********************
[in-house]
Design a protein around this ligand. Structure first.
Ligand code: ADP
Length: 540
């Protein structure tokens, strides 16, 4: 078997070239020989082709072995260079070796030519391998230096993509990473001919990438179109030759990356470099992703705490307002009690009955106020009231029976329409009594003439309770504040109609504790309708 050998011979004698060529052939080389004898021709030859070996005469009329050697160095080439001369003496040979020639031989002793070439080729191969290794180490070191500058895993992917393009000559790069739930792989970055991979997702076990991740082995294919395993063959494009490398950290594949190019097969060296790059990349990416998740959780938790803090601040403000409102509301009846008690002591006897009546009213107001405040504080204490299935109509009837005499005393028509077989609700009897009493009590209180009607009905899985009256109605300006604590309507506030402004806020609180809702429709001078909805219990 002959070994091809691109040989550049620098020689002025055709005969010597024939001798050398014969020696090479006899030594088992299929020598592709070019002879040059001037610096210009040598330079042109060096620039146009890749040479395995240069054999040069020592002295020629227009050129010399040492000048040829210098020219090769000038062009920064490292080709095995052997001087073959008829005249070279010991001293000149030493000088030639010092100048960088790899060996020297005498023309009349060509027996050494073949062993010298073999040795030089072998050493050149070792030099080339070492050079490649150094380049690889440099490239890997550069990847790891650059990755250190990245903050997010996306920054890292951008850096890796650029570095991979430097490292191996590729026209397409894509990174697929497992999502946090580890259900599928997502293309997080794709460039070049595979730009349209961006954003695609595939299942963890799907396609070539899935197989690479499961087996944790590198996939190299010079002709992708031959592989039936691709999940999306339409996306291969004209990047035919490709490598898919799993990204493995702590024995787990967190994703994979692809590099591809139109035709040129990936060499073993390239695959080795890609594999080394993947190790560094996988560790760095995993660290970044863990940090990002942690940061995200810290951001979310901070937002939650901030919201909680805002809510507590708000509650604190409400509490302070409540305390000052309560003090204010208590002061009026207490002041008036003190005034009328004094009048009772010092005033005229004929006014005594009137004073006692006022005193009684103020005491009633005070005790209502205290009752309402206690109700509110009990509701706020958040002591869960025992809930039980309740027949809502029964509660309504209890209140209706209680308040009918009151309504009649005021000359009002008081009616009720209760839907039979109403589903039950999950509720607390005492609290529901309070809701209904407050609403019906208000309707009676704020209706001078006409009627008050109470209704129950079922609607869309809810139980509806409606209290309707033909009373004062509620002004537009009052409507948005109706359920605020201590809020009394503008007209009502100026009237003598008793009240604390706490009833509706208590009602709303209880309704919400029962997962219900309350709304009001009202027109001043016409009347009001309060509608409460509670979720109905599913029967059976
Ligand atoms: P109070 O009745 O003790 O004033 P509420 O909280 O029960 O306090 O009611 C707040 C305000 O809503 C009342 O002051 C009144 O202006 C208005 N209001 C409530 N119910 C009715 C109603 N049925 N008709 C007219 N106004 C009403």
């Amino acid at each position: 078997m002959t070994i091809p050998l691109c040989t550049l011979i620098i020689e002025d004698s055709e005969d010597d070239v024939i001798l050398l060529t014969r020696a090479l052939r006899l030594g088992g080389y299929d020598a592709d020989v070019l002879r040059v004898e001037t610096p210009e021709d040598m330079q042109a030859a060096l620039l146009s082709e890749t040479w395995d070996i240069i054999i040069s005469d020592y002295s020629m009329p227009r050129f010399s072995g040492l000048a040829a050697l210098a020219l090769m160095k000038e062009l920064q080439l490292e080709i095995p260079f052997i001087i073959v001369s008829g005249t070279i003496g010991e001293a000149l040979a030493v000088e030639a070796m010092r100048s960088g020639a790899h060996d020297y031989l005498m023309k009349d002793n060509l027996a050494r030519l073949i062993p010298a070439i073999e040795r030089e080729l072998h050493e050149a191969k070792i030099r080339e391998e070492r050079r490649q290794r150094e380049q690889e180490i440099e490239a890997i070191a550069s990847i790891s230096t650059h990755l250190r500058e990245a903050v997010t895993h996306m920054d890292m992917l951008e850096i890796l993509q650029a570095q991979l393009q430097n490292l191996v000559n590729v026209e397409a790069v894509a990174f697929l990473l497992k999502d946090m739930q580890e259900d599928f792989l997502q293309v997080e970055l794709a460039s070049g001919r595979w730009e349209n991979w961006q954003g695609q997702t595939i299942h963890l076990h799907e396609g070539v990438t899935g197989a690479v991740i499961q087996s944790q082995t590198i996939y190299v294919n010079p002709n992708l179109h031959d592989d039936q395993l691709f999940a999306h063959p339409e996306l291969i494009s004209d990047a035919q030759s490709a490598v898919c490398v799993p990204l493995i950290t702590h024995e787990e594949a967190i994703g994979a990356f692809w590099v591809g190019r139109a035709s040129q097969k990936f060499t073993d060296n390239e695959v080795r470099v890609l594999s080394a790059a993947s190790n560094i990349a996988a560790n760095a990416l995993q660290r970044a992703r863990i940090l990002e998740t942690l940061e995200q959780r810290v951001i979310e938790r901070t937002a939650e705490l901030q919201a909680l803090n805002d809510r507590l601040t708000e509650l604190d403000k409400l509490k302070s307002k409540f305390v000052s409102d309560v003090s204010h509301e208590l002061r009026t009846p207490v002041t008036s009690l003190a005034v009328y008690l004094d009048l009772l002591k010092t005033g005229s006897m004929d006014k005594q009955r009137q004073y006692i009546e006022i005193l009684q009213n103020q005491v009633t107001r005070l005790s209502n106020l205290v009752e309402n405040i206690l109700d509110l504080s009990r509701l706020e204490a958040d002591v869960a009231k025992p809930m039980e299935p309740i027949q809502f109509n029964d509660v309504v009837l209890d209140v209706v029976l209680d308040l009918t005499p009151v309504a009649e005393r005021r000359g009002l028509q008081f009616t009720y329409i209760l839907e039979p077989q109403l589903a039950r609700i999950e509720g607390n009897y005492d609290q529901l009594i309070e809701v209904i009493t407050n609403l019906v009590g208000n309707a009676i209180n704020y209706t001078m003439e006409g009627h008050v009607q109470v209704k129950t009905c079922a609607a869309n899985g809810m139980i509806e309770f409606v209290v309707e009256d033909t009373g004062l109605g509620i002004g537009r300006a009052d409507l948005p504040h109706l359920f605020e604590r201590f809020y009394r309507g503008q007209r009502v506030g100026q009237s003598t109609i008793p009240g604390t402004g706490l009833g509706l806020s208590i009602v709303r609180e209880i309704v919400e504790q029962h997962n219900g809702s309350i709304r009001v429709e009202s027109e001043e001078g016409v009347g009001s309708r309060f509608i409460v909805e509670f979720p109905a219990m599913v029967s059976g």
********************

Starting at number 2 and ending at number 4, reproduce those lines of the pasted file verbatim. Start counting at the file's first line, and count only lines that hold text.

Design a protein around this ligand. Structure first.
Ligand code: ADP
Length: 540